This banner Gibson J-45 was made in the lowest of low time period during World War II.  It is made from all solid Mahogany and features no steel truss rod but a solid Ebony insert down the neck for stability.  Stock piles were at there lowest point because everything was going to the war effort.  While this guitar may not be as desirable as a Spruce/Hog with truss rod guitar, it is a very cool part of Gibson history.  The neck is straight and the tone is unique and warm.  I love playing this guitar!!

When I saw this guitar and its combination of features and probably original case, I had to have it.  It was a great compliment to my Spruce banner J-45 and just looked so interesting.  I met the seller outside of a Cracker Barrel in Chattanooga and fell in love a first strum.  Something about the color of the burst just grabbed me.  I am currently waiting to get it back from my luthier after some set up work and reglue some loose braces.

As evidenced from the wear around this soundhole, this guitar has been played.  I am still trying to figure out what kind of playing style would make that!  I don’t mind it though.  The rest of the guitar is pretty clean when you consider what it has been through.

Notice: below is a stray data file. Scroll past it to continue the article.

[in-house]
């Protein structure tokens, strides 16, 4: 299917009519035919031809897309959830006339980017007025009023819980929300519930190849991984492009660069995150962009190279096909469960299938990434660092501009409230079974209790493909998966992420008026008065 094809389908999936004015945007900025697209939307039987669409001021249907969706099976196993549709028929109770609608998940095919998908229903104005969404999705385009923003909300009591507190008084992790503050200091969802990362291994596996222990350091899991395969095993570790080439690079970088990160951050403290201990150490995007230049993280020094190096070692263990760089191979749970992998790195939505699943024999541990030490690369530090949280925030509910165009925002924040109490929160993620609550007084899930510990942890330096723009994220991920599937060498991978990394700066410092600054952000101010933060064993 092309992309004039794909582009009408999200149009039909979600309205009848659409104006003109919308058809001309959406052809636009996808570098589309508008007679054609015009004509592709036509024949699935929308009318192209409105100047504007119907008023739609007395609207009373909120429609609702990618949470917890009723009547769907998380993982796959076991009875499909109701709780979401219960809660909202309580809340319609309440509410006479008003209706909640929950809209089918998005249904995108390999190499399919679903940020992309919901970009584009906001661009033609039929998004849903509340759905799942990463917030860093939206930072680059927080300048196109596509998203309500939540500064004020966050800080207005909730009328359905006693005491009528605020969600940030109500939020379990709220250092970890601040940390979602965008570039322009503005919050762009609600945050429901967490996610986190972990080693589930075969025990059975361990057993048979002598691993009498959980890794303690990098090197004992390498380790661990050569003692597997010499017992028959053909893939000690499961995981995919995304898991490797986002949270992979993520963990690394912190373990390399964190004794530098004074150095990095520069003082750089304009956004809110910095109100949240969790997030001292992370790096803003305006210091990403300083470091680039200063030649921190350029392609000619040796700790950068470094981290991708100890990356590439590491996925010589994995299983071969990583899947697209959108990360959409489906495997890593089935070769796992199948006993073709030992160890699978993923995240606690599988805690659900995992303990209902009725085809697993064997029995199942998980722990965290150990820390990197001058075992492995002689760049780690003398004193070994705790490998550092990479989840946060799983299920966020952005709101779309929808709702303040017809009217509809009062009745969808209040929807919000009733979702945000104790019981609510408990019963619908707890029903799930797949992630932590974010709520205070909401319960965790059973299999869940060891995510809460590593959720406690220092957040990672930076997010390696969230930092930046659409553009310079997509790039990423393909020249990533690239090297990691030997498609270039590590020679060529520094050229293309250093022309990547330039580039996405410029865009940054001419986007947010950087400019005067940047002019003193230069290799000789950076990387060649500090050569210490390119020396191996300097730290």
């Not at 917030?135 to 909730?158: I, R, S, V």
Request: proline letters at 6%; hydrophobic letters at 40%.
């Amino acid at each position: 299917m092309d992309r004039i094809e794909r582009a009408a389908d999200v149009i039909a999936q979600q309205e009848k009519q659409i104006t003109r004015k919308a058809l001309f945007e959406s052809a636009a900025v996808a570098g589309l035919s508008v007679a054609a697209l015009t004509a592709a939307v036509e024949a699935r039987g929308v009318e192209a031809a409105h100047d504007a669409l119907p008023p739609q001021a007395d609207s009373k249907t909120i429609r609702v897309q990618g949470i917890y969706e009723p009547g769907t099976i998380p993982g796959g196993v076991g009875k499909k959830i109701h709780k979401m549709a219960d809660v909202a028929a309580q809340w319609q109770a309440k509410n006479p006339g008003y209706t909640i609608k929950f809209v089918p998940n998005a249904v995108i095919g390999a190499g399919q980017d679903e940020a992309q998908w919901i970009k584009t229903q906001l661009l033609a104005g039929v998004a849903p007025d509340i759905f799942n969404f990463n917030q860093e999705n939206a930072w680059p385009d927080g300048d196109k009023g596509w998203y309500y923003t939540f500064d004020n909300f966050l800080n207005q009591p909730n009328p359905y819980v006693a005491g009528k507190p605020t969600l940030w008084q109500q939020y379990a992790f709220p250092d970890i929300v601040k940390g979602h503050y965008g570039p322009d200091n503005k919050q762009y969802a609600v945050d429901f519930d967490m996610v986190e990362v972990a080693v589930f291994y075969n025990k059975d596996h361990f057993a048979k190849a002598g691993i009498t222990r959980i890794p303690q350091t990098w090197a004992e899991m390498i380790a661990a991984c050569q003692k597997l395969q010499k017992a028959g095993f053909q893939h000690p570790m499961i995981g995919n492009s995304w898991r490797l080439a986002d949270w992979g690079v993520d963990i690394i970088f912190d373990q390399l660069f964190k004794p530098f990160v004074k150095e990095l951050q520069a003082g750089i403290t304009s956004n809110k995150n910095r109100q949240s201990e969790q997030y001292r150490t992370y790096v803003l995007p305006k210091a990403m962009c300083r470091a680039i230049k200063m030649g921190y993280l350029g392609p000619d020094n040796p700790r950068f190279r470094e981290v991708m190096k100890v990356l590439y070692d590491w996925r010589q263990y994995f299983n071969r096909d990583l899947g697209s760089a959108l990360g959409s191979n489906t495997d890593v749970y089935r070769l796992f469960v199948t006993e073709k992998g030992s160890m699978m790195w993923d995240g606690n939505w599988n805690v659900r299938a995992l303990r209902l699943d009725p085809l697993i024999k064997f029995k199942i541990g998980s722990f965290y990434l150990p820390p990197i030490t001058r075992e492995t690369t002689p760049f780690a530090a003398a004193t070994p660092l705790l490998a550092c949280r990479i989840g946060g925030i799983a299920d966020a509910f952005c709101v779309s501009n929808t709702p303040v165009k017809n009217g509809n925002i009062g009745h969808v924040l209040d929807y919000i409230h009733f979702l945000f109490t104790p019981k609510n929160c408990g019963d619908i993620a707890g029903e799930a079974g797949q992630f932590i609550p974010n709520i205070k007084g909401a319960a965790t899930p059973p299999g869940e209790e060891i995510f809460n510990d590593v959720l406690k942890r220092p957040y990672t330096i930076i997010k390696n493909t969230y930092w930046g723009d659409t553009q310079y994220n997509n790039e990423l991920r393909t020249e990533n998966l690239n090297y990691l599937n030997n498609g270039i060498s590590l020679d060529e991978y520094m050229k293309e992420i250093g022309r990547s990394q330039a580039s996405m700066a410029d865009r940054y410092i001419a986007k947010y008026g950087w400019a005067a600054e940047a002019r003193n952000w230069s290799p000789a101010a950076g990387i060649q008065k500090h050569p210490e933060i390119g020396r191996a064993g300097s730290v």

This guitar did have 2 large cracks down the back of the guitar that were repaired.  They sanded and buffed this area but luckily did not overspray it.  It was tastefully done but I would rather them have just left the finish alone.  It still has the original tuners which is quite rare.  It is ever rarer that they function!

The elephant in the room has got to be the tone of this instrument so pardon my delay.  It still has the lapping thump of a banner guitar.  The highs are more rounded off and pleasant.  Sometimes the highs can be shrill on a Spruce top but not with this one.  There may be a slight decrease in volume from my Spruce banner but that could also be a variance from guitar to guitar.  The lows are warm and comfortable but don’t overpower.  The mids are equally warm and present.

I should also mention the girth of this neck.  With a nut width of 1 7/8″ it can be quite a handful.  It did take a couple of minutes to get used to even after playing my other banner J-45.  Since this guitar did not receive a truss rod but a big v shaped Ebony inlay down the neck, Gibson made the neck with more girth in an attempt to give the it some stability.  It seems to be working because the neck is dead straight.  This was probably not the case before they did the refret.  There is significant playing wear on the back of the neck so I’m not sure that it was because the neck was warped or because of the fret wear.  Either way it is a joy to play now and I am glad to have it in my collection.  When the maple banner gets back from the luthier I’ll have to complete banner J-45 line up.

TVG

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